“You too good to drink with me, missy?” he taunted.   I  chose to ignore him.
       “ I’m going to get me a birthday present”, I announced. “ I’m getting me a puppy dog.”
       You would have thought  I’d said I was going to buy a jet airplane and fly to Paris.  He reached across the table and grabbed my wrist, twisting it ‘till it hurt.
       “What the hell you thinking?  You know I am allergic to dogs!  We’ve talked about this a hunnert times!  No way are you bringing no mangy animal into this here trailer!”

       What he was yelling about was the truth.  He was allergic.  He had an allergy to animal dander, the tiny flakes found in the fur of animals, particularly dogs and cats.  He would start coughing, his eyes would water,  then his face would swell up, his throat would close and it would be ER time.  I had seen it happen a couple of times and it wasn’t a pretty sight.
       “There are breeds that are hypoallergenic. Or you can take those antihistamine pills.  You’ll be fine,” I offered.
       “I ain’t taking no mother-fucking pills for the rest of my life! and with that he hit me in the face, hard enough to break my nose.  Suddenly there was blood everywhere, on my blouse, the table, the salad.  There were red dots on Howie’s hands.  For a brief moment even Howie looked shocked.
       “Sorry, babe, but no dog, no way!”

       You know how sometimes in your life you have one of those ‘light bulb’ moments.  There I sat, in a ramshackle trailer, facing an alcoholic husband, with blood dripping down the front of my blouse.  I should have been in great pain but I felt nothing, nothing but rage, burning---hot---rage.  That’s when I made the decision that would change my life.

       I apologize for spending all this time writing about my life with Howard but I felt it was important for me to explain how I got to the moment when I decided to kill him.  You can’t keep twenty odd years of unrelieved anger bottled up inside.  It’s only natural  that something has gotta give.  The bloody broken nose was the straw that broke the camel’s back.  So, from then on, I spent many hours every day making  plans on how I would remove Howie from my life, remove him from this world, forever.

       There are many abused women in prison who are there because they  murdered their husbands.  I was determined to never become one of them.   I may have been uneducated but I was not stupid. There had to be way to kill Howie that didn’t involve a gun, a knife or some poison.   An accident or a death by natural causes would be the best.  It is said that poison is the number one choice by women for committing a murder but I know that scientists can find evidence of poison in the blood of the victim.  Guns leave soot on the clothes of the shooter and how can a person be knifed by accident?  ‘Oh, yes, your honor.  The victim fell on his knife by accident.  He fell on it ten times.’  And so I took my time figuring out the perfect way to eliminate Howard without incriminating myself.  After two months I came up with what I believed was the perfect murder.  It was so simple.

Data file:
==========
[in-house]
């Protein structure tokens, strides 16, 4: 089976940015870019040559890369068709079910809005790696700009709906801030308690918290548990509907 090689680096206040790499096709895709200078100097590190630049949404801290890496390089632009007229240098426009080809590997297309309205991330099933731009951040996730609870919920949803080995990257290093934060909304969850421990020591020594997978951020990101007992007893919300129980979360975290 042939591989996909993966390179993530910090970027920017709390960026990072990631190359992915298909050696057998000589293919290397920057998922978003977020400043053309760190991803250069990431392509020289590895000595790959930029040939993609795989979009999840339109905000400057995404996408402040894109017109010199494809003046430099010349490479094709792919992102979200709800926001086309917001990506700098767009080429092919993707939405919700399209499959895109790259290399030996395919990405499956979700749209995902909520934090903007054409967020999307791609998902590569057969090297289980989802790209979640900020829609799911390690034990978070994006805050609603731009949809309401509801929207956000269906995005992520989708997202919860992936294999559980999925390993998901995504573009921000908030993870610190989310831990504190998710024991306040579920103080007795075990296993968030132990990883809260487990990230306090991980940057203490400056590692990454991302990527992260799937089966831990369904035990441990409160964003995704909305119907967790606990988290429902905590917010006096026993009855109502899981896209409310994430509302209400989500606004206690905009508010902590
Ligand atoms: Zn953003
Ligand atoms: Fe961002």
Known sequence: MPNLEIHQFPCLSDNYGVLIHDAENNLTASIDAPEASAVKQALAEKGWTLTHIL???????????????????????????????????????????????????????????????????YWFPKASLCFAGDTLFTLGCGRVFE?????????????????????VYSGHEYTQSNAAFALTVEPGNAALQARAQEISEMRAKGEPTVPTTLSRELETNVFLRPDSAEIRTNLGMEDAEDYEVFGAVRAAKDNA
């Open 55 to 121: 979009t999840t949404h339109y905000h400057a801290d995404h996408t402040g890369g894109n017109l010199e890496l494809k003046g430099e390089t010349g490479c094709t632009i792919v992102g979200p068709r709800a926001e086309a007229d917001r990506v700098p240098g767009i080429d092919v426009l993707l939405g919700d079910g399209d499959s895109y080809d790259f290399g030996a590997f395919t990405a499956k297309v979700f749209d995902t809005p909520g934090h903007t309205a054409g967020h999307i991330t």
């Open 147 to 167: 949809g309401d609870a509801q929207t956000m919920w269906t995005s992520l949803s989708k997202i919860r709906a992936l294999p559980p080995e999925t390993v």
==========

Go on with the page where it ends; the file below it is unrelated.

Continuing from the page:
I began by buying an old cage used for trapping small animals, like racoons, or squirrels and woodchucks.  I came across it in the Goodwill when I was looking for some Levi’s to replace my old threadbare jeans.  It was the kind of trap that didn’t kill the animal, just caged it.  It was priced dirt cheap and I felt it was a sign that I was on the right track.  I had been thinking of purchasing a similar one at Andy’s Hardware Emporium but I knew that that transaction could then be traced back to me.  Not a good idea.

       On my day off, a Wednesday in June, while Howie was down at the Alibi, I pulled the cage out from where I had stored it under the trailer.  It was folded flat and fit neatly in the back of my Ford Pinto.  Most of my near neighbors in the trailer park were at work so I was pretty sure no one saw me load up the cage and drive away.  Old Mr. Stevens was sitting in his lawn chair in front of his faded pink double-wide and waved to me as I passed by.  He was used to seeing me drive off to work so I was sure it would be just like any other day to him.

       There is a stretch of woods that runs along the Tar River which is about five miles outside of town. It is also close to the town garbage dump. I got off the highway and rumbled down a graveled road to the public boat landing on the edge of the river.  Checking to make sure no one was around, I unloaded the cage and carried it deep into the woods.  I kept walking until I found a small clearing within sight of the town dump and there I unfolded the cage and set it up.  I rigged the door to close when something went inside to eat the bait.  To entice the prey to enter the trap I emptied a small Tupper Ware container full of tuna fish in the far corner.  And the prey?